[Film Fest] Director Sacha Gervasi obviously understands the shadow that This Is Spinal Tap casts over his documentary Anvil! The Story of Anvil, his chronicle of the long-lived, never-quite-made-it Canadian heavy metal band for which he was once a roadie in the 1980s. During a recording session, he zooms in on an amplifier where the numbers go to 11; he follows band members on a tourist trek to Stonehenge. Even the band members themselves understand that they’re living a Spinal Tap-esque existence, as a backstage walk through a tiny venue’s blank hallways inspires a shout of “Hello, Cleveland!” I mean, the drummer’s name is Robb Reiner (as opposed to the single-b Rob Reiner who directed Spinal Tap). It seems like they were doomed from birth to these comparisons.
But there’s something even more poignant about Anvil!, because it’s all real. Founding members Reiner and singer/guitarist Steve “Lips” Kudlow – childhood pals now in their 50s, supporting themselves with day jobs like delivering school lunches – soldier on at turning their 35-year project into something that will finally draw the wide acclaim that always eluded them, despite inspiring speed-metal legends like Anthrax, Megadeth and Metallica. And Gervasi, allowed extraordinary access thanks to his longtime association with the band, discovers both a tale of almost absurd persistence and a sweet tribute to Kudlow and Reiner’s friendship. Ultimately, those two ideas become impossible to separate: As much as they love making the music, you get the feeling that they also can’t give up the bond that keeps them together.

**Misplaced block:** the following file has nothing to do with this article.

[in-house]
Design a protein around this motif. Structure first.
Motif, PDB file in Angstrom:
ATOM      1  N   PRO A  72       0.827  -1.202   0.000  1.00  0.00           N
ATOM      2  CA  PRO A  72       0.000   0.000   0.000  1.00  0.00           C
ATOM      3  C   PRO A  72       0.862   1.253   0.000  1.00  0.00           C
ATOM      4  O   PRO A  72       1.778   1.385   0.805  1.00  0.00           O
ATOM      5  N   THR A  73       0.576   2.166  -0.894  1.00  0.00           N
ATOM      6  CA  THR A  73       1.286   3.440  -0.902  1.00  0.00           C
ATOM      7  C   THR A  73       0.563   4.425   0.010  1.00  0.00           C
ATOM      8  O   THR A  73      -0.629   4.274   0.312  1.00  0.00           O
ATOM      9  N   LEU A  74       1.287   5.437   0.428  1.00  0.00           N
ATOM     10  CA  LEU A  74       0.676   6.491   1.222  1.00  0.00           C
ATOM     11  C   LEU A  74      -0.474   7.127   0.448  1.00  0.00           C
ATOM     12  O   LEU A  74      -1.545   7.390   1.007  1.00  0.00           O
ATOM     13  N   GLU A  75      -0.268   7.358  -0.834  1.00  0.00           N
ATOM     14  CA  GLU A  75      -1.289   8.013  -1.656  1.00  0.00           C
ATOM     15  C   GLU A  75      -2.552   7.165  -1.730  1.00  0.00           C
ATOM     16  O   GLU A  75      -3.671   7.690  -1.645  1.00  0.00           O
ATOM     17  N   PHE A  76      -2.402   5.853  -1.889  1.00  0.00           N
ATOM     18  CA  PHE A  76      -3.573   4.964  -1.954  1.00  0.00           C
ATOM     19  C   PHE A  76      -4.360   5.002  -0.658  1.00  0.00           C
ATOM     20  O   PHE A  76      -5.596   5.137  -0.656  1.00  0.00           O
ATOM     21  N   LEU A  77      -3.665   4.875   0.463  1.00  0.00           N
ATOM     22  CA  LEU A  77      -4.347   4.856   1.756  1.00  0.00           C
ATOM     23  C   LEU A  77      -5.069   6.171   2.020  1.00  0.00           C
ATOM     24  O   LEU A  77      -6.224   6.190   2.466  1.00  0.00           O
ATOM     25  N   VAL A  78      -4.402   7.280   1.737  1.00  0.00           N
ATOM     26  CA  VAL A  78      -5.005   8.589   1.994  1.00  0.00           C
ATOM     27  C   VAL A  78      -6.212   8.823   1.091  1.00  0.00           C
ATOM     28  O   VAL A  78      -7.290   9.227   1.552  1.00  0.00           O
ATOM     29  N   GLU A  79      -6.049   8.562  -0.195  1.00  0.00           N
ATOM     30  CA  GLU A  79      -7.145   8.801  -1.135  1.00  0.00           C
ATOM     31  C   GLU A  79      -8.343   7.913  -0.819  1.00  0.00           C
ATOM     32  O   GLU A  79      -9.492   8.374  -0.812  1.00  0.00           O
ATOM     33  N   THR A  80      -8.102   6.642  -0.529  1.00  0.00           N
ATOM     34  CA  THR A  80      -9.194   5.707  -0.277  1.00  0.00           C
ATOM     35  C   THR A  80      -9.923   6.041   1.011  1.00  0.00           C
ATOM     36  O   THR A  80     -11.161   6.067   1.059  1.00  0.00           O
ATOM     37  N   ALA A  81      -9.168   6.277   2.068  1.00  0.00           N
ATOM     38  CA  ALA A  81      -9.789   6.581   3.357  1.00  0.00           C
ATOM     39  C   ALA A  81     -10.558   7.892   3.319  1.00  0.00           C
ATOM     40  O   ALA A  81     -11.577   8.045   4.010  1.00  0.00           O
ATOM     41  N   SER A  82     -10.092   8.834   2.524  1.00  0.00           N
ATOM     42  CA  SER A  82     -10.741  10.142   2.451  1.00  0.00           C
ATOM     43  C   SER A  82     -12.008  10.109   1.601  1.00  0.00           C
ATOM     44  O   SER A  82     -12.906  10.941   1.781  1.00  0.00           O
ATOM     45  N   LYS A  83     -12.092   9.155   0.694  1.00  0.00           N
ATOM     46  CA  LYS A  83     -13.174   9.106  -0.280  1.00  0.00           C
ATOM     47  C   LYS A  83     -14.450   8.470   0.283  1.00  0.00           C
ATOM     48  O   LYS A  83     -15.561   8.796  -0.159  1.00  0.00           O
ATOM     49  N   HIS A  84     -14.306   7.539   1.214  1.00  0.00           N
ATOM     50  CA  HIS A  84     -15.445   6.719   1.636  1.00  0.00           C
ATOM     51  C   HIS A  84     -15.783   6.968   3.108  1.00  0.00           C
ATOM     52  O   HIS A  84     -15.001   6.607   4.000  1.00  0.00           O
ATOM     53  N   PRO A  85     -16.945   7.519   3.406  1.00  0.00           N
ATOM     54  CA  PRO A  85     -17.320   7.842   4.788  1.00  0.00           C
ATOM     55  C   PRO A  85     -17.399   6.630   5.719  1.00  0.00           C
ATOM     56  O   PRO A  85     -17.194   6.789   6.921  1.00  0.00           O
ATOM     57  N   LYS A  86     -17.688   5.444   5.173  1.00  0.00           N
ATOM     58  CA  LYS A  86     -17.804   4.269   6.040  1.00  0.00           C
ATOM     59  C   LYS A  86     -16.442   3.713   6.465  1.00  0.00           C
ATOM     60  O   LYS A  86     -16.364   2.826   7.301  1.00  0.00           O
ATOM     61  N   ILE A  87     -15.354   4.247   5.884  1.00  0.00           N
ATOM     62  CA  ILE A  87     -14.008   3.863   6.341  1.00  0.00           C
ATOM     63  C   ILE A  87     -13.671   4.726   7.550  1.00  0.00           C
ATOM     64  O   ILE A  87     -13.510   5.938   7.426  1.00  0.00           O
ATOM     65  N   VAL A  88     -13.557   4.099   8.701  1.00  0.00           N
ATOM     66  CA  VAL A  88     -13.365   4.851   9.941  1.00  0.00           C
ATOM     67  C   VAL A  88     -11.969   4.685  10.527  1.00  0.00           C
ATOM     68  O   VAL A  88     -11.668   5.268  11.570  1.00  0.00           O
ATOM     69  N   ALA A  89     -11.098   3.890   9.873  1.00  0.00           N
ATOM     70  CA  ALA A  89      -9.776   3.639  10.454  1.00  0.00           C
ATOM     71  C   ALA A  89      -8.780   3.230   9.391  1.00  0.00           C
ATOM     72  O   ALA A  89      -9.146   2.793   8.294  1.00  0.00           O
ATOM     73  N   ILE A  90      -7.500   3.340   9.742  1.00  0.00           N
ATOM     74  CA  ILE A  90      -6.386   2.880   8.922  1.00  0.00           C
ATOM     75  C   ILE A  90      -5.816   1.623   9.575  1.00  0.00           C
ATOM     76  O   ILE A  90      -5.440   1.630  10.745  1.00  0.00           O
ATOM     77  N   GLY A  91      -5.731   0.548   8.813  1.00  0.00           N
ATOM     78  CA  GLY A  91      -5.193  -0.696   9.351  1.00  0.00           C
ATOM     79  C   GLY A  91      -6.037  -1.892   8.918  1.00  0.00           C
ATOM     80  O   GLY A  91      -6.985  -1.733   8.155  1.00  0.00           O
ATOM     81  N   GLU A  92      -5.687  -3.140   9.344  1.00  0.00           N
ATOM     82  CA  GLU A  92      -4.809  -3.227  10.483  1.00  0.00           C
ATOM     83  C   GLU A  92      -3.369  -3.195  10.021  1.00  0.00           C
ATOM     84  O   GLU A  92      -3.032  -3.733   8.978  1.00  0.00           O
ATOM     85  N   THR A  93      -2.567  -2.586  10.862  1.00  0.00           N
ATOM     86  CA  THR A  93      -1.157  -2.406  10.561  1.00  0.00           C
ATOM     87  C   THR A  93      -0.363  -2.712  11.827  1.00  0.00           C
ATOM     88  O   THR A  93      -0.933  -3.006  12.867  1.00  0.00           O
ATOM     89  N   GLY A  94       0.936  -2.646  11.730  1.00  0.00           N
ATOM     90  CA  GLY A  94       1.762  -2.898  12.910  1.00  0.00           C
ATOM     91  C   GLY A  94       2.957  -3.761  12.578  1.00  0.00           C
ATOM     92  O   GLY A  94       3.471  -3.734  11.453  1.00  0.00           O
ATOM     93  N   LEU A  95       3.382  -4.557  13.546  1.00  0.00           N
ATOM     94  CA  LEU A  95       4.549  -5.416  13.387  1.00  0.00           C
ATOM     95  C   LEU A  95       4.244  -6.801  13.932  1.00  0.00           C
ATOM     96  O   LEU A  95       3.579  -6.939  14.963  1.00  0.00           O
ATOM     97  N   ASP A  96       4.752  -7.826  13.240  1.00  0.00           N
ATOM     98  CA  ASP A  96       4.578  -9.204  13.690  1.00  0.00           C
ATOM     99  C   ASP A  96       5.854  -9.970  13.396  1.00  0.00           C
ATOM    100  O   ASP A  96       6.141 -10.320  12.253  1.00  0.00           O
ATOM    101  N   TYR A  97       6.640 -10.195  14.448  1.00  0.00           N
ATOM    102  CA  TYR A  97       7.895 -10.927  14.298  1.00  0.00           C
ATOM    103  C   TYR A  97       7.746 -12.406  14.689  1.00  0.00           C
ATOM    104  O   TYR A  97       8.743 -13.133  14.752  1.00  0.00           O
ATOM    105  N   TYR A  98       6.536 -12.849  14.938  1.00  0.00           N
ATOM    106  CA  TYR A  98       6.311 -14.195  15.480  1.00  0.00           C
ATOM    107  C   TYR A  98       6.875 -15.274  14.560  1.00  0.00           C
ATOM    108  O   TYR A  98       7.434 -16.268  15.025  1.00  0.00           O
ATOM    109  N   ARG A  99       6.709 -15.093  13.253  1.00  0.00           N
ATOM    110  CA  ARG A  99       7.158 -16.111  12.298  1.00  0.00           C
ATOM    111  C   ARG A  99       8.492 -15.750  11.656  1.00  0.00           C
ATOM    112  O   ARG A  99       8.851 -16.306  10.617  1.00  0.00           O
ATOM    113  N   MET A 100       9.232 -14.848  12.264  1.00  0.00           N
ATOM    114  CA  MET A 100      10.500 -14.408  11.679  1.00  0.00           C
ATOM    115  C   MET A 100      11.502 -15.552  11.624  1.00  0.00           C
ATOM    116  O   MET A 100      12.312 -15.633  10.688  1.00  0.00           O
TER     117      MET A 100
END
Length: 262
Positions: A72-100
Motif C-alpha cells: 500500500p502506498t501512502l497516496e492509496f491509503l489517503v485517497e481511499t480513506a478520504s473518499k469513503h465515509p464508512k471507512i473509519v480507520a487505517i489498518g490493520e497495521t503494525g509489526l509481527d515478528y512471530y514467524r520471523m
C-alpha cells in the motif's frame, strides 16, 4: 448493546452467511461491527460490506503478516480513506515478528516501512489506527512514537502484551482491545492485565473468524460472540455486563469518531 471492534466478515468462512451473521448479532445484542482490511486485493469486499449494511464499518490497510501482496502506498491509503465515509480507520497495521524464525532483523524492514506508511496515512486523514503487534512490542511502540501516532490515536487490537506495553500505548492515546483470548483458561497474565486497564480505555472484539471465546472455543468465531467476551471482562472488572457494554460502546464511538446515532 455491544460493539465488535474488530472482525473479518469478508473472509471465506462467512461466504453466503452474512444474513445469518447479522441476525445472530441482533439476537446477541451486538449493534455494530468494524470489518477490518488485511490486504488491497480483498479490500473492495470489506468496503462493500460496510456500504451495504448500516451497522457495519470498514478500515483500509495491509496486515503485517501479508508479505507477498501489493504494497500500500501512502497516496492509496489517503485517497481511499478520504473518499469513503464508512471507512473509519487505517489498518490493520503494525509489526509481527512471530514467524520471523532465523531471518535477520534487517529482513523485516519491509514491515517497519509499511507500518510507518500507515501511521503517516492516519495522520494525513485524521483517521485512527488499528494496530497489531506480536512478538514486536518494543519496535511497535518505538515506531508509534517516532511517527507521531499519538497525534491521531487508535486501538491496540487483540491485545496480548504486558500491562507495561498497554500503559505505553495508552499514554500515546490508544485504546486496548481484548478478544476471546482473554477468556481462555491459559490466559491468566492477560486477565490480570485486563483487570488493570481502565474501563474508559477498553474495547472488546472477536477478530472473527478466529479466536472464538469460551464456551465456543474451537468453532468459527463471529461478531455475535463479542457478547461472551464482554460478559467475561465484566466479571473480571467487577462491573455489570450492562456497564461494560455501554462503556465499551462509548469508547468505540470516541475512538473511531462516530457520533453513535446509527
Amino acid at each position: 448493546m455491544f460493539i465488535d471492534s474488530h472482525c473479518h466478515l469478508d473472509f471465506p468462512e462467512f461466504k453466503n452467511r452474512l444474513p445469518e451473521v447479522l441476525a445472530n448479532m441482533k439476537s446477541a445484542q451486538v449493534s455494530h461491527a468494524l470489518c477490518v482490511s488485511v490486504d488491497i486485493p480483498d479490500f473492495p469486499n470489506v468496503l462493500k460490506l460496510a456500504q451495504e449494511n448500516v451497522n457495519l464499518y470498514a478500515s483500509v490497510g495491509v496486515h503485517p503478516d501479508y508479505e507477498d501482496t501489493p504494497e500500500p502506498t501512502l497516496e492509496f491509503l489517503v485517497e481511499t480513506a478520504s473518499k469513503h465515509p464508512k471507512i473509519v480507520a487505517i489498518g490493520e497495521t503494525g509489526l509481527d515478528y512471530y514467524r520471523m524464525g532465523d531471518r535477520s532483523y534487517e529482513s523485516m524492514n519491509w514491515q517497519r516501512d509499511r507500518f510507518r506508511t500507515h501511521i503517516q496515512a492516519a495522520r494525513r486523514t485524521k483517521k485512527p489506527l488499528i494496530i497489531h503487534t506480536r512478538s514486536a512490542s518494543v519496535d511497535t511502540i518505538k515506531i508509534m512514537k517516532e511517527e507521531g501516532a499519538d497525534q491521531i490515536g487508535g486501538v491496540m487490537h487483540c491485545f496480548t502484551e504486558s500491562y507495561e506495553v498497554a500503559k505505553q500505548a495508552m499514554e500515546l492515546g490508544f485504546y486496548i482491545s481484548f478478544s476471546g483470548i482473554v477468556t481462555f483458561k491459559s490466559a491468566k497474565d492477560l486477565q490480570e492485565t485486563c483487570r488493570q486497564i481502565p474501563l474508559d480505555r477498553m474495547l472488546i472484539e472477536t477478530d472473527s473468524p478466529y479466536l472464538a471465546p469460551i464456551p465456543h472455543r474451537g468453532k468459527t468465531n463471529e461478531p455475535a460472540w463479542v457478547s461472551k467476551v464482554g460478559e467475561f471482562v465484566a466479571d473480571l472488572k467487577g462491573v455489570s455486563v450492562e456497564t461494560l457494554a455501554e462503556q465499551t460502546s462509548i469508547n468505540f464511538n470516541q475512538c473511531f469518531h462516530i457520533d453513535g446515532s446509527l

At times, Anvil! hits some of the cringingly hilarious comic high notes of Spinal Tap: watching Kudlow try to raise money for a studio session by doing high-pressure telemarketing; a gig at a Prague nightclub where the owner tries to pay them in bowls of goulash; a performance at the wedding reception of the band’s other guitarist. But there’s one other crucial way that Anvil deserves comparison to This Is Spinal Tap: It has fun with its subject, but never loses respect for their commitment. A room full of critics broke into spontaneous applause at one point, recognizing an improbably heroic moment for the band. How much more awesome could a salute to these guys be? The answer is none. None more awesome. (Scott Renshaw)